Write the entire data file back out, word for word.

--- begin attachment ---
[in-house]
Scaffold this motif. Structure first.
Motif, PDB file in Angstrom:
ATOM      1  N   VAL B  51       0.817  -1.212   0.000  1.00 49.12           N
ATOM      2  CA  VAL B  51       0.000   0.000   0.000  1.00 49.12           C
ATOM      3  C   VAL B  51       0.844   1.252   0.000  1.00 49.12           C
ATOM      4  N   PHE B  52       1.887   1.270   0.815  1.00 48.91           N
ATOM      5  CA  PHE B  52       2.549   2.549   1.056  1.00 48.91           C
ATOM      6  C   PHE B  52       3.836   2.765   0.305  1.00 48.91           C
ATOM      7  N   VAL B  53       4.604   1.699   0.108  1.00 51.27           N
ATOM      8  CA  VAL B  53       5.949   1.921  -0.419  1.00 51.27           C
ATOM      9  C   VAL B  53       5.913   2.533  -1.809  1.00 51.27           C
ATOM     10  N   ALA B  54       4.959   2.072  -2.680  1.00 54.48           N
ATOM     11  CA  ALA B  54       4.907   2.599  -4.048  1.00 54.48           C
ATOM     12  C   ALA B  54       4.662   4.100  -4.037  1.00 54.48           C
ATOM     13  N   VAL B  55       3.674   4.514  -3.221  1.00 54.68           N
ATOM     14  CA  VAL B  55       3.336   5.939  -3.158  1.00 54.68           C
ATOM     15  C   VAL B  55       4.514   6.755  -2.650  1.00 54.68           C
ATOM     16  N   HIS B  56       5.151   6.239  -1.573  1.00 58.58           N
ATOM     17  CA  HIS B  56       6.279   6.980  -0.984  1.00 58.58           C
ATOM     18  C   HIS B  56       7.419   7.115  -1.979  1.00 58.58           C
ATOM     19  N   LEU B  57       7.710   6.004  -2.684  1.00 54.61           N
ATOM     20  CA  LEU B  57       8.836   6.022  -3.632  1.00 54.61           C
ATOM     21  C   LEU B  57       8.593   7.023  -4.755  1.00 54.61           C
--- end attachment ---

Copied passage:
[in-house]
Scaffold this motif. Structure first.
Motif, PDB file in Angstrom:
ATOM      1  N   VAL B  51       0.817  -1.212   0.000  1.00 49.12           N
ATOM      2  CA  VAL B  51       0.000   0.000   0.000  1.00 49.12           C
ATOM      3  C   VAL B  51       0.844   1.252   0.000  1.00 49.12           C
ATOM      4  N   PHE B  52       1.887   1.270   0.815  1.00 48.91           N
ATOM      5  CA  PHE B  52       2.549   2.549   1.056  1.00 48.91           C
ATOM      6  C   PHE B  52       3.836   2.765   0.305  1.00 48.91           C
ATOM      7  N   VAL B  53       4.604   1.699   0.108  1.00 51.27           N
ATOM      8  CA  VAL B  53       5.949   1.921  -0.419  1.00 51.27           C
ATOM      9  C   VAL B  53       5.913   2.533  -1.809  1.00 51.27           C
ATOM     10  N   ALA B  54       4.959   2.072  -2.680  1.00 54.48           N
ATOM     11  CA  ALA B  54       4.907   2.599  -4.048  1.00 54.48           C
ATOM     12  C   ALA B  54       4.662   4.100  -4.037  1.00 54.48           C
ATOM     13  N   VAL B  55       3.674   4.514  -3.221  1.00 54.68           N
ATOM     14  CA  VAL B  55       3.336   5.939  -3.158  1.00 54.68           C
ATOM     15  C   VAL B  55       4.514   6.755  -2.650  1.00 54.68           C
ATOM     16  N   HIS B  56       5.151   6.239  -1.573  1.00 58.58           N
ATOM     17  CA  HIS B  56       6.279   6.980  -0.984  1.00 58.58           C
ATOM     18  C   HIS B  56       7.419   7.115  -1.979  1.00 58.58           C
ATOM     19  N   LEU B  57       7.710   6.004  -2.684  1.00 54.61           N
ATOM     20  CA  LEU B  57       8.836   6.022  -3.632  1.00 54.61           C
ATOM     21  C   LEU B  57       8.593   7.023  -4.755  1.00 54.61           C